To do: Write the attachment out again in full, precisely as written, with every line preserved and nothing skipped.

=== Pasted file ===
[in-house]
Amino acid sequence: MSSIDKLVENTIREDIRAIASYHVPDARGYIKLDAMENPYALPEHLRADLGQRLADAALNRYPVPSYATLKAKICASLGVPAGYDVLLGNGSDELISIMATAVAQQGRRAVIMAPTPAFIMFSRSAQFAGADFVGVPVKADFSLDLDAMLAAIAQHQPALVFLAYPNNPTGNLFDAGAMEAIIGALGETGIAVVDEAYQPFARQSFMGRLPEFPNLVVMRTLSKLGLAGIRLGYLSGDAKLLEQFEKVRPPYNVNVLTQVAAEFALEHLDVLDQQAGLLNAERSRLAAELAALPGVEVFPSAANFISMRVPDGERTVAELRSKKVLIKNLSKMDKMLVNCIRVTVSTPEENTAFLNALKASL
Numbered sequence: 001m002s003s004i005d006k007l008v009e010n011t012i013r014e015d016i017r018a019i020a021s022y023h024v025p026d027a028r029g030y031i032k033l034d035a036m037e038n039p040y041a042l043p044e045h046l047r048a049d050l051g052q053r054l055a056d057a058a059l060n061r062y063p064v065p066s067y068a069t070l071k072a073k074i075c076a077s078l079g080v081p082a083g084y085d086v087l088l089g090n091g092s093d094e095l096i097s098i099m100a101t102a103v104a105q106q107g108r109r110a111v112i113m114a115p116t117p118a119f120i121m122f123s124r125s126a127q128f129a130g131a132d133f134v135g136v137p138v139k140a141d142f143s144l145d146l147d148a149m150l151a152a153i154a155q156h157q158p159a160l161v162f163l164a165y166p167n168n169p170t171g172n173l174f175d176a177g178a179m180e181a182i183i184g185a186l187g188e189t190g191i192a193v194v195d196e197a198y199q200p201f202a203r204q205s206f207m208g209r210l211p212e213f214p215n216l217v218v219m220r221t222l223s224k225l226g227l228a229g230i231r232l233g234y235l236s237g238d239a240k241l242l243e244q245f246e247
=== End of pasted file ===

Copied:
[in-house]
Amino acid sequence: MSSIDKLVENTIREDIRAIASYHVPDARGYIKLDAMENPYALPEHLRADLGQRLADAALNRYPVPSYATLKAKICASLGVPAGYDVLLGNGSDELISIMATAVAQQGRRAVIMAPTPAFIMFSRSAQFAGADFVGVPVKADFSLDLDAMLAAIAQHQPALVFLAYPNNPTGNLFDAGAMEAIIGALGETGIAVVDEAYQPFARQSFMGRLPEFPNLVVMRTLSKLGLAGIRLGYLSGDAKLLEQFEKVRPPYNVNVLTQVAAEFALEHLDVLDQQAGLLNAERSRLAAELAALPGVEVFPSAANFISMRVPDGERTVAELRSKKVLIKNLSKMDKMLVNCIRVTVSTPEENTAFLNALKASL
Numbered sequence: 001m002s003s004i005d006k007l008v009e010n011t012i013r014e015d016i017r018a019i020a021s022y023h024v025p026d027a028r029g030y031i032k033l034d035a036m037e038n039p040y041a042l043p044e045h046l047r048a049d050l051g052q053r054l055a056d057a058a059l060n061r062y063p064v065p066s067y068a069t070l071k072a073k074i075c076a077s078l079g080v081p082a083g084y085d086v087l088l089g090n091g092s093d094e095l096i097s098i099m100a101t102a103v104a105q106q107g108r109r110a111v112i113m114a115p116t117p118a119f120i121m122f123s124r125s126a127q128f129a130g131a132d133f134v135g136v137p138v139k140a141d142f143s144l145d146l147d148a149m150l151a152a153i154a155q156h157q158p159a160l161v162f163l164a165y166p167n168n169p170t171g172n173l174f175d176a177g178a179m180e181a182i183i184g185a186l187g188e189t190g191i192a193v194v195d196e197a198y199q200p201f202a203r204q205s206f207m208g209r210l211p212e213f214p215n216l217v218v219m220r221t222l223s224k225l226g227l228a229g230i231r232l233g234y235l236s237g238d239a240k241l242l243e244q245f246e247